Magazine article European Business Forum

Convergence: Profitable Futures or a Dangerous Mirage?

Magazine article European Business Forum

Convergence: Profitable Futures or a Dangerous Mirage?

Article excerpt

Three to four years ago it seemed the most seductive of visions. Digitalisation of content would make possible ever more combinations of communication and information technologies, industry barriers would quickly tumble, lives would be made much easier and lucrative new opportunities would be created for traditional players and new entrants alike. In practice, it hasn't been that simple--so what went wrong? What happened to all those mergers built on the altar of convergence? Was technology too hastily adopted as the business driver? Were customer needs forgotten in the rush to exploit new ideas? Where now for companies willing and able to harness the still potent forces of convergence?

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In the current edition of EBF we have lined up our usual panel of distinguished experts to address these and other issues. We begin with an essay by Winfried Ruigrok, EBF associate editor and St Gallen Professor, setting the context for the debate and pointing out that it is as fashionable to decry convergence today as it was a few years back to invest in the hype. Next comes US technology pundit Peter Bernstein, whose hard-hitting critique is perhaps the most sceptical contribution on this topic, followed by Wharton Professor Jerry Wind and University of Texas Professor Vijay Mahajan who argue that the really significant convergence has taken place inside the head of the consumer.

John Seely Brown is well known as an author and Chief Scientist of the Xerox Corporation--his contention is that convergence of the physical and virtual worlds is the key issue and that its shape is evolving the whole time through the dynamic actions of new communities. We then switch the focus to particular sectors--the potential in telecoms through the eyes of Paris-based PwC Consulting consultants Francois Couturier, Isabelle Denervaud, Jean-Michel Huet and Philippe Bagnouls, the experiences of a leading European financial services group (Belgium's Fortis) by Kathleen Steel, head of the office of the Chairman of Fortis Bank, and the thoughts of a leading global communications executive (Daryl Simm, President and CEO of Omnicom Media Group). Yves Doz and Peter Williamson, both INSEAD Professors, explain that strategy, knowledge and context issues need to be addressed before convergence opportunities can be harvested. While Matthias Finger, a Professor at the Swiss Graduate School of Public Administration in Lausanne. Switzerland provides an analysis of the revolutionary changes happening in the European utilities sector. The final word is left to Christopher Mole and Robert Dee of PwC Consulting who highlight some practical lessons.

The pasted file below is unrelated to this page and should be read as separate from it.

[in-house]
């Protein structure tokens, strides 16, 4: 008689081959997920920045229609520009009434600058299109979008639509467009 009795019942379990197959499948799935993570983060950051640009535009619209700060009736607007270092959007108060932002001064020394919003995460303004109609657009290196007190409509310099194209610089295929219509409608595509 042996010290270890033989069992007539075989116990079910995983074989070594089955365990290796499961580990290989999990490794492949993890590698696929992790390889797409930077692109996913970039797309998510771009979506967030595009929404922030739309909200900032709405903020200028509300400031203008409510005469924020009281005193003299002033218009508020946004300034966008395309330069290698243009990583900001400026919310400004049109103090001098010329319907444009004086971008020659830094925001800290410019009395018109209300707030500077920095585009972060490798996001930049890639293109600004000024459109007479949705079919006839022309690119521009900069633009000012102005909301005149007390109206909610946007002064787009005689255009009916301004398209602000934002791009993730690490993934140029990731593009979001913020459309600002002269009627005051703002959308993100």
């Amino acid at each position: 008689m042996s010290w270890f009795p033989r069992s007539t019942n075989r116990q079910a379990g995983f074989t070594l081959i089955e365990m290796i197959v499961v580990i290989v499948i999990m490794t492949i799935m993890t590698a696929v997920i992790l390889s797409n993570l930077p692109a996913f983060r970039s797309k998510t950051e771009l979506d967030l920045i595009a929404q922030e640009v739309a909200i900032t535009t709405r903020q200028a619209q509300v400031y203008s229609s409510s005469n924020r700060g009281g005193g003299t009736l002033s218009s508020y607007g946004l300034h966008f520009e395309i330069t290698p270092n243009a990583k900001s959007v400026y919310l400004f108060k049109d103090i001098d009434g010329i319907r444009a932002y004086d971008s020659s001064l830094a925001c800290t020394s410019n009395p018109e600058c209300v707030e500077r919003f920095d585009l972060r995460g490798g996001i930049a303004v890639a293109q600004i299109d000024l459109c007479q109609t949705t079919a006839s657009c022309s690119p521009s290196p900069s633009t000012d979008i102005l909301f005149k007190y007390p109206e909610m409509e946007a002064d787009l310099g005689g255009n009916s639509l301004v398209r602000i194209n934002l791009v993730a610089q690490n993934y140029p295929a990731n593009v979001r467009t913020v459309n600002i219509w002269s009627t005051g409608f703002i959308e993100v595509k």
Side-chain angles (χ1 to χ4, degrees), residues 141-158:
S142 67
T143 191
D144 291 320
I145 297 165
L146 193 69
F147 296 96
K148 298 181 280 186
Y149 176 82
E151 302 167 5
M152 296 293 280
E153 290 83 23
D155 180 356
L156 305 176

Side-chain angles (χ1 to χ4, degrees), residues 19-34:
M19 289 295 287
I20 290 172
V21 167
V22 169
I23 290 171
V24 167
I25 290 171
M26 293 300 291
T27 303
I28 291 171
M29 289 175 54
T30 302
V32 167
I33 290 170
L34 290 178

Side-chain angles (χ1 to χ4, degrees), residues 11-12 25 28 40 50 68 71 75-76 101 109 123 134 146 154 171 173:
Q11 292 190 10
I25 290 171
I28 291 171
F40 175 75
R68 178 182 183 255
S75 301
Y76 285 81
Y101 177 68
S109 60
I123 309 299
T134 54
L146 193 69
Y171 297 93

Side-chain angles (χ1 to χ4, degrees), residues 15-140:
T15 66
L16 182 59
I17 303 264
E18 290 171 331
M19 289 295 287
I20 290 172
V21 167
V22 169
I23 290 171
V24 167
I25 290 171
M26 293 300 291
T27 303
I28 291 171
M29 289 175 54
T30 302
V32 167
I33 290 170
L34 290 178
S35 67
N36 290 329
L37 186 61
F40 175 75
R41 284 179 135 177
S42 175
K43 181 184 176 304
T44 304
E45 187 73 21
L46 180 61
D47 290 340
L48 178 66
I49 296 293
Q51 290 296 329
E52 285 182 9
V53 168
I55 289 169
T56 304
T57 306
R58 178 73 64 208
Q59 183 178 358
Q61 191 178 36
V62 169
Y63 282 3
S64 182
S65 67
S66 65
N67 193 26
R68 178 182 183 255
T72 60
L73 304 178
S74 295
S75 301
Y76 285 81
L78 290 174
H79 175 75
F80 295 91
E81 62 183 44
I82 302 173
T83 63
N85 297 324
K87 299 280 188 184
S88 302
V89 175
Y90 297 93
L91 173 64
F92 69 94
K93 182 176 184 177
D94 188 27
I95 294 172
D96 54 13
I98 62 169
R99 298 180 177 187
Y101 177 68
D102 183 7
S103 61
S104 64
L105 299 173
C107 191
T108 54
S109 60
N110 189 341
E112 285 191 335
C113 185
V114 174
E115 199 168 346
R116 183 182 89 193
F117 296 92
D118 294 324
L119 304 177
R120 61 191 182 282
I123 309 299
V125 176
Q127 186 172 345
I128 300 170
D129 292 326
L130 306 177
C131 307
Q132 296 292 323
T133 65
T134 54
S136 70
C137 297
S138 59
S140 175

Convergence is in the eye of the beholder

The concept is typically related to modern communications and IT--but earlier episodes are instructive.

The word 'Convergence' has been used to refer to the combination of communication, information technologies, and business services. As usual, narrower and broader definitions exist. According to some, convergence refers primarily to the combination of television technology and online computers. Others define convergence to include the intersection of broadcasting, computers, telephones, video and more.

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A major factor driving this combination of technologies and services is that content and information can be converted, transported and offered digitally. However, few appear to comprehend the full possibilities or implications. Indeed, different definitions coexist because scholars and companies see different technological trajectories or applications, based on their experiences or on products, services and technologies they had previously developed.

Over the late 1990s, an industry in itself emerged to exploit the opportunities of convergence--and the conceptual confusion. IT and management consultants developed flashy presentations suggesting they knew how companies could develop new services and applications. …

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